Articles posted in May 2010

Burning like a hole in the night

The mad scientist in his laboratory
I recently interviewed Calgary pop experimentalist Chad VanGaalen, whose Soft Airplane is one of my favourite albums of the last few years. Head over to Exclaim! to read the article, in which he talks about the five new albums he has waiting in the pipeline.

Here’s a song you’ve probably already heard, “City of Electric Light,” which comes from the folksy, Neil Young-influenced back end of Soft Airplane. It’s not one of the more upbeat, catchy songs from the album (that would be the rocking “Bones of Man,” which totally rules), so it’s a slightly strange choice of single. Then again, this isn’t surprising, since Chad has always been one for unconventional singles.

MP3: “City of Electric Light”
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Hear them buzzing in the trees

Dude in the middle is clearly the Mo Tucker of the group
I’ve got a new idea for a Twitter trend: #eeyore. It’s pretty much the same as #FML, since all you need to do is complain about some lousy that’s going on in your life. It’s just like what Eeyore would do if he had Twitter and fingers with which to type and wasn’t a fictional character. Here, I’ll get you started:

Today I wore my Velvet Underground shirt and four people told me I looked like Maureen Tucker. #eeyore

Easy! And true, incidentally. I’ve had the shirt for almost a year and no one’s ever said that before. I guess I walked out the door looking especially Maureen Tucker-y. Was I carrying mallets?

Here comes the segue: check out the new song by Cowboy Junkies, who once did an awesome cover of the Velvet Underground’s “Sweet Jane.” It’s called “Cicadas” and it’s a barely-there ballad that’s overlaid with field recordings of chirping birds and buzzing insects. In the final two minutes it builds to a jaunty lite funk groove before petering out and ending with some more garden sounds.

MP3: “Cicadas”
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Setting off fire alarms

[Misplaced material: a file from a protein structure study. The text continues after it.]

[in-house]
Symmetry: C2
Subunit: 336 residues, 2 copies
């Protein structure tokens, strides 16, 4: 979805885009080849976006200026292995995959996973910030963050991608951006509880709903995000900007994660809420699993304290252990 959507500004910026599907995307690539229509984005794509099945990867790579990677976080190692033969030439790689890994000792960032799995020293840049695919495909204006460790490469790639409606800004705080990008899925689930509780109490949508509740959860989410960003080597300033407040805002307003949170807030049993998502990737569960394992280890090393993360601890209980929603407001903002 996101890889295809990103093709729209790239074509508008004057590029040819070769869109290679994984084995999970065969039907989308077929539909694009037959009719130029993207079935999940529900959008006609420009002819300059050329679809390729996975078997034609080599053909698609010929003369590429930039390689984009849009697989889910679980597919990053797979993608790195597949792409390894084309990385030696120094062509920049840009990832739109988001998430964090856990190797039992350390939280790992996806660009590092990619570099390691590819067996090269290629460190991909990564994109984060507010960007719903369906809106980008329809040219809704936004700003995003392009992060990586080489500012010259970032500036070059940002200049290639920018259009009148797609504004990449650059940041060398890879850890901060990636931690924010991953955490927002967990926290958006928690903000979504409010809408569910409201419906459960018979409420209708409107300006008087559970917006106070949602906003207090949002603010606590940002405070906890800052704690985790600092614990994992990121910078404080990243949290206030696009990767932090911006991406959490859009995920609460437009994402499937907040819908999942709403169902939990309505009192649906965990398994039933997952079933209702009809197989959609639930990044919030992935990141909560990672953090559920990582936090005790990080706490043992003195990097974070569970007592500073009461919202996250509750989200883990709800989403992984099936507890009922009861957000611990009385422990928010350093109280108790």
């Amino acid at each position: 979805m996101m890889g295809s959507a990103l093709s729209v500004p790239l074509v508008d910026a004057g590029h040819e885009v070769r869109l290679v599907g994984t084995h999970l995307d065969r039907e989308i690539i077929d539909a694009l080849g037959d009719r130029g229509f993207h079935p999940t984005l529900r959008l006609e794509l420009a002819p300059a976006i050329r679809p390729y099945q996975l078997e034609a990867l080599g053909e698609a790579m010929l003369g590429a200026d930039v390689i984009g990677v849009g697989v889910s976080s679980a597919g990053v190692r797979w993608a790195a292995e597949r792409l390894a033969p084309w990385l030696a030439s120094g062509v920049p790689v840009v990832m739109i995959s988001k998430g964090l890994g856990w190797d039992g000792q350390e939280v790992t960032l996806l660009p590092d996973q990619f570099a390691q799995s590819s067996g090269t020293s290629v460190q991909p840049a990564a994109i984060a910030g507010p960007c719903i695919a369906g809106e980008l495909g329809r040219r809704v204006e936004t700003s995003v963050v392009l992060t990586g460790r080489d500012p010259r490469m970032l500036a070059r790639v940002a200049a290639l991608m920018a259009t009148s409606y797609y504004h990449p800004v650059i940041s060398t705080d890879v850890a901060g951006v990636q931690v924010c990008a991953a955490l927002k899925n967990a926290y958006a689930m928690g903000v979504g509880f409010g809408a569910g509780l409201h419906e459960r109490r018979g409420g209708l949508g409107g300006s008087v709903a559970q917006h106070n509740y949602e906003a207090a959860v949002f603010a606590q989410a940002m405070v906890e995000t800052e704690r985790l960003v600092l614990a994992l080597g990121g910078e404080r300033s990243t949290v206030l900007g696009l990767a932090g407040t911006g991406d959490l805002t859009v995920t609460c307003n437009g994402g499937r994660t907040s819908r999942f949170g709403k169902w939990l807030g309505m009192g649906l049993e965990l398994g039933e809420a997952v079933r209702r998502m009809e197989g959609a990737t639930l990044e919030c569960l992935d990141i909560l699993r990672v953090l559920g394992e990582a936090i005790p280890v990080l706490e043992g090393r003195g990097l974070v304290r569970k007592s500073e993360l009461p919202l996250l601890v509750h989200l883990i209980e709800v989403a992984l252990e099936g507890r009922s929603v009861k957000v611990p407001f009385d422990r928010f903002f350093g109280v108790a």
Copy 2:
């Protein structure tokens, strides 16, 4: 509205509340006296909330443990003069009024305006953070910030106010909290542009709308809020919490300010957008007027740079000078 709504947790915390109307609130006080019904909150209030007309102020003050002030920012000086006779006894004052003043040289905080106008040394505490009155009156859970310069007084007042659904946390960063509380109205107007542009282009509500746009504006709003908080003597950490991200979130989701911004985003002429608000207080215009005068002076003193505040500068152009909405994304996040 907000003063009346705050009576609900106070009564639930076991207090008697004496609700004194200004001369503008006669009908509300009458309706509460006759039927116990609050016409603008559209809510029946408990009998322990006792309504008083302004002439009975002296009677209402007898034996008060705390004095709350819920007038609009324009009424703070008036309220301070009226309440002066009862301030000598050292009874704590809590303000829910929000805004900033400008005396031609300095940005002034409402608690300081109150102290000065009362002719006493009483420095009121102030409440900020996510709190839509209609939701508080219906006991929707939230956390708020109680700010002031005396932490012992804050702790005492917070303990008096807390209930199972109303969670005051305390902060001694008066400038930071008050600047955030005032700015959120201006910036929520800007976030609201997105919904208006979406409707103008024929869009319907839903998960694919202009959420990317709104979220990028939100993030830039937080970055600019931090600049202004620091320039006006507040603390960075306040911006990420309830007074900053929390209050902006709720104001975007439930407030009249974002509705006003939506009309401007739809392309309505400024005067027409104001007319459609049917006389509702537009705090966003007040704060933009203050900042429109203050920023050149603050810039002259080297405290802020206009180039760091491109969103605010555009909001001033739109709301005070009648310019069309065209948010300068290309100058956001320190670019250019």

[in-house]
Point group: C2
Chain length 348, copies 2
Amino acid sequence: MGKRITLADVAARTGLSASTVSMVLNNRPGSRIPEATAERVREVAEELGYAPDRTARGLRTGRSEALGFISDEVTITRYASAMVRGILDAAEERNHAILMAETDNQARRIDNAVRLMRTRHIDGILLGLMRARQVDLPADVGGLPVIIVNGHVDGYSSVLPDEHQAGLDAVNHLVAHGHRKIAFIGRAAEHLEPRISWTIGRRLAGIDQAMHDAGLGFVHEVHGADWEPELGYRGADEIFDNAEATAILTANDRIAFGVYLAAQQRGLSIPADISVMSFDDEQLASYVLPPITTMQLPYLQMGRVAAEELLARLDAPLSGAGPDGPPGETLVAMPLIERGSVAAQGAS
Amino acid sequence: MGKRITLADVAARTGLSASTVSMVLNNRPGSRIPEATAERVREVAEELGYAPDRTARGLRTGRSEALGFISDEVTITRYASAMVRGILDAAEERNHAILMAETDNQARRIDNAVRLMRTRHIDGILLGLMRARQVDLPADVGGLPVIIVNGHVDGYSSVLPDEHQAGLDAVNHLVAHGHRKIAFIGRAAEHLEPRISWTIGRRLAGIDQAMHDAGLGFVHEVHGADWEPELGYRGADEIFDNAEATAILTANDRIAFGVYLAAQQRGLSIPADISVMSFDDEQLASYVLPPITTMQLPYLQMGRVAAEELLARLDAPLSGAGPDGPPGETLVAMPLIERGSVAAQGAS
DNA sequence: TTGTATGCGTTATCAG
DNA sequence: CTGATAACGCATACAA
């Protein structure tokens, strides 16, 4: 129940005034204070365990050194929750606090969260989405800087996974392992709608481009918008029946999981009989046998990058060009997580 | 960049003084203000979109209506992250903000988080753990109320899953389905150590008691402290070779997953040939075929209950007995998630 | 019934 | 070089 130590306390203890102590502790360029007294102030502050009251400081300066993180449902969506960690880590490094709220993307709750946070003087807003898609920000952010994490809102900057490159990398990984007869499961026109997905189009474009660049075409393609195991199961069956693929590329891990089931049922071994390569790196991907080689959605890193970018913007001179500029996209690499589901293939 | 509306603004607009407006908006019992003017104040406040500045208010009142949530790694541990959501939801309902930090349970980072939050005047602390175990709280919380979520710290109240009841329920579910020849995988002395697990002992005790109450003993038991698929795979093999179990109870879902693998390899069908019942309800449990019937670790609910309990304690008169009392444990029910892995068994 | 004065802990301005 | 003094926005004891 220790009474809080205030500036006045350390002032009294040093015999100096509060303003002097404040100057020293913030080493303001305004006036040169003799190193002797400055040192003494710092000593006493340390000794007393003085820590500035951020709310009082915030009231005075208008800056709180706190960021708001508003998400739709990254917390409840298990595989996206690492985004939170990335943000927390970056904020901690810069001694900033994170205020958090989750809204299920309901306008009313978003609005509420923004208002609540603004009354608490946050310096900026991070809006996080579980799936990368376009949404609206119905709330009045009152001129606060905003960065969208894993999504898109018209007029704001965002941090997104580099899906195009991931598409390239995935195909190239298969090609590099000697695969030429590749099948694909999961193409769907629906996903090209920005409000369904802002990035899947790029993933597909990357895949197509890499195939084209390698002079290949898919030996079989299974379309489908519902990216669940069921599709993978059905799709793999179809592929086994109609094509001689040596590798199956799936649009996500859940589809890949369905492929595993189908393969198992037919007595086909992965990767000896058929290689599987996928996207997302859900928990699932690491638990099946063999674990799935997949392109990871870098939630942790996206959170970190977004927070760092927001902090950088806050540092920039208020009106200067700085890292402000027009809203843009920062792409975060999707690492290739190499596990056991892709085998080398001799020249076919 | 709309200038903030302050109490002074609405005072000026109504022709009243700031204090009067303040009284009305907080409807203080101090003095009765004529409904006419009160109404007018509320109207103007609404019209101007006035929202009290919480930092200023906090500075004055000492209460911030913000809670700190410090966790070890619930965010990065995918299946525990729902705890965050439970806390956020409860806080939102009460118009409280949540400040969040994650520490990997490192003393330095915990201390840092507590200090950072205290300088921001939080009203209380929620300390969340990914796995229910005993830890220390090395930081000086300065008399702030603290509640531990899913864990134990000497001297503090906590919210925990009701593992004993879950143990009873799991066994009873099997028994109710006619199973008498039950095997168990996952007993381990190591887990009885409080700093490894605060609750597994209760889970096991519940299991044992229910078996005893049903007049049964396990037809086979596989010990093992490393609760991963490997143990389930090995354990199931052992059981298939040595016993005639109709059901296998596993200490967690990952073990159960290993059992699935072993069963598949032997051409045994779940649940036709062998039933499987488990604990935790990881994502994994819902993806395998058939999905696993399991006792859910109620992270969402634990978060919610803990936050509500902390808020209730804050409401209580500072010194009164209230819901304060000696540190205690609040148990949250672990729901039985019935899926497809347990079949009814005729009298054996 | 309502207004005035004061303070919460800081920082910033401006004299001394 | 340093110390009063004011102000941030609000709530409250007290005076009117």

This is what a hockey teeth fetishist looks like
This year, I’m a juror for the Polaris Music Prize. The Long List will be announced in 33 days, so recently I’ve been busy catching up on some Canadian albums I missed over the past twelve months.

One record I’ve been listening to is BahamasPink Strat. The debut by Toronto songwriter Afie Jurvanen, Bahamas’ dusty brand of lovesick folk recalls M. Ward after a pack of throat lozenges.

Here’s the album standout “Hockey Teeth.” I’m not sure exactly what he means when he sings, “I’m thanking the Lord / For blessing you with hockey teeth,” since that doesn’t exactly sound like my idea of a turn-on. Still, there’s no missing the romantic message behind lines like “Though there were girls before you / I don’t remember their names.”

MP3: “Hockey Teeth”
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Dream away life

I wanna lay Dum Dum Girls down in a bed of roses, or dasies, or whatever
I gave Dum Dum GirlsI Will Be a middling review when I wrote about it for BeatRoute a couple of months ago (the article appears to be no longer online). I’d like to make at least a partial retraction of what I said. At the time, I only had a stream of the album and I got a little bogged down in the details—namely the repetitive accompaniment, as several of the songs appear to use the exact same drum loops.

Once the album came out officially and I had a chance to listen to it on my iPod, my opinion of it changed. Because this isn’t a record that’s meant to be listened to while sitting in front of a computer; it’s a rock ‘n’ roll album and it sounds best when I’m out walking around the city or riding the bus.

Click below to download the pre-I Will Be tune “D.A.L.”, which is a ghostly waltz that’s completely unlike the punkish girl group pop of the LP. Also head over to Sub Pop to download the album track “Bhang, Bhang, I’m a Burnout” and the Record Store Day single “Pay for Me” in exchange for an e-mail address.

MP3: “D.A.L.”
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Waging a war against time

Get out your 3D glasses
Elephant Stone‘s name comes from a Stones Roses song, which tells you pretty much everything you need to know about this Montreal outfit. These five dudes were clearly raised on a steady diet of ’80s British jangle pop, with sitar-wielding frontman Rishi Dhir bringing a dash of ’60s psychedelia with his traditional Indian influences.